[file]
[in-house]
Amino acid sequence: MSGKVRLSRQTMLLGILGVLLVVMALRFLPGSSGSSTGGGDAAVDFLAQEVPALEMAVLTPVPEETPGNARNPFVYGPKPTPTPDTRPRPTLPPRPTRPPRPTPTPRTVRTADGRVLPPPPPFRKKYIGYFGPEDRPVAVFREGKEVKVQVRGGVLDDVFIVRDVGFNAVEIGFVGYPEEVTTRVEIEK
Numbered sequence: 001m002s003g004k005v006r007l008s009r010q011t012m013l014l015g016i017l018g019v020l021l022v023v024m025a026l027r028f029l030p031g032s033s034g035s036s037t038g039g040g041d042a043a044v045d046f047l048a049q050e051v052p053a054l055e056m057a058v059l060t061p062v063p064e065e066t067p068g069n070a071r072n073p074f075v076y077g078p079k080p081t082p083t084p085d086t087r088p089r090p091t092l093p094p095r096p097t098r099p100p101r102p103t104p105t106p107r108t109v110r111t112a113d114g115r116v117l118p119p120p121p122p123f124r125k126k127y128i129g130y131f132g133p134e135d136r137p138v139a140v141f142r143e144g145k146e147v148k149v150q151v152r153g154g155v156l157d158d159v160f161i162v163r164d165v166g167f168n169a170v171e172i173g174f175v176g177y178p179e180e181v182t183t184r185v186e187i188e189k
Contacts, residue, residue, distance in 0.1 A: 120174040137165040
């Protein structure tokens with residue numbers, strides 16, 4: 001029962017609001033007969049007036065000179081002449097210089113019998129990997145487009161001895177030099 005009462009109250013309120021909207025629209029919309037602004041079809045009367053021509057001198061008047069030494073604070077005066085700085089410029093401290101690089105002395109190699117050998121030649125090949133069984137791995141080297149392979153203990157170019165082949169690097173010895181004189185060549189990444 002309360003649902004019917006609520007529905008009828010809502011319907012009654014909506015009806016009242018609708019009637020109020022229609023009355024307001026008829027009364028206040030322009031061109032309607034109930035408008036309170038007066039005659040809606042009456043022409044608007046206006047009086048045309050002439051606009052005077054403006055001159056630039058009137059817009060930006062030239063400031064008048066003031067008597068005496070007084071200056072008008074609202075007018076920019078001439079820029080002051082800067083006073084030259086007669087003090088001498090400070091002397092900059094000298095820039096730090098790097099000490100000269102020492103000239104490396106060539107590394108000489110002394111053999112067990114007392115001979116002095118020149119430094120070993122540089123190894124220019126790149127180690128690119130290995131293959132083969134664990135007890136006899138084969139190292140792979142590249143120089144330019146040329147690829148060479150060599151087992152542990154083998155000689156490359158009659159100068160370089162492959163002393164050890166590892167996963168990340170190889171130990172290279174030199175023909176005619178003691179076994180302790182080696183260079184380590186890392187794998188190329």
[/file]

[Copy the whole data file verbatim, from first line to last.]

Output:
[in-house]
Amino acid sequence: MSGKVRLSRQTMLLGILGVLLVVMALRFLPGSSGSSTGGGDAAVDFLAQEVPALEMAVLTPVPEETPGNARNPFVYGPKPTPTPDTRPRPTLPPRPTRPPRPTPTPRTVRTADGRVLPPPPPFRKKYIGYFGPEDRPVAVFREGKEVKVQVRGGVLDDVFIVRDVGFNAVEIGFVGYPEEVTTRVEIEK
Numbered sequence: 001m002s003g004k005v006r007l008s009r010q011t012m013l014l015g016i017l018g019v020l021l022v023v024m025a026l027r028f029l030p031g032s033s034g035s036s037t038g039g040g041d042a043a044v045d046f047l048a049q050e051v052p053a054l055e056m057a058v059l060t061p062v063p064e065e066t067p068g069n070a071r072n073p074f075v076y077g078p079k080p081t082p083t084p085d086t087r088p089r090p091t092l093p094p095r096p097t098r099p100p101r102p103t104p105t106p107r108t109v110r111t112a113d114g115r116v117l118p119p120p121p122p123f124r125k126k127y128i129g130y131f132g133p134e135d136r137p138v139a140v141f142r143e144g145k146e147v148k149v150q151v152r153g154g155v156l157d158d159v160f161i162v163r164d165v166g167f168n169a170v171e172i173g174f175v176g177y178p179e180e181v182t183t184r185v186e187i188e189k
Contacts, residue, residue, distance in 0.1 A: 120174040137165040
């Protein structure tokens with residue numbers, strides 16, 4: 001029962017609001033007969049007036065000179081002449097210089113019998129990997145487009161001895177030099 005009462009109250013309120021909207025629209029919309037602004041079809045009367053021509057001198061008047069030494073604070077005066085700085089410029093401290101690089105002395109190699117050998121030649125090949133069984137791995141080297149392979153203990157170019165082949169690097173010895181004189185060549189990444 002309360003649902004019917006609520007529905008009828010809502011319907012009654014909506015009806016009242018609708019009637020109020022229609023009355024307001026008829027009364028206040030322009031061109032309607034109930035408008036309170038007066039005659040809606042009456043022409044608007046206006047009086048045309050002439051606009052005077054403006055001159056630039058009137059817009060930006062030239063400031064008048066003031067008597068005496070007084071200056072008008074609202075007018076920019078001439079820029080002051082800067083006073084030259086007669087003090088001498090400070091002397092900059094000298095820039096730090098790097099000490100000269102020492103000239104490396106060539107590394108000489110002394111053999112067990114007392115001979116002095118020149119430094120070993122540089123190894124220019126790149127180690128690119130290995131293959132083969134664990135007890136006899138084969139190292140792979142590249143120089144330019146040329147690829148060479150060599151087992152542990154083998155000689156490359158009659159100068160370089162492959163002393164050890166590892167996963168990340170190889171130990172290279174030199175023909176005619178003691179076994180302790182080696183260079184380590186890392187794998188190329």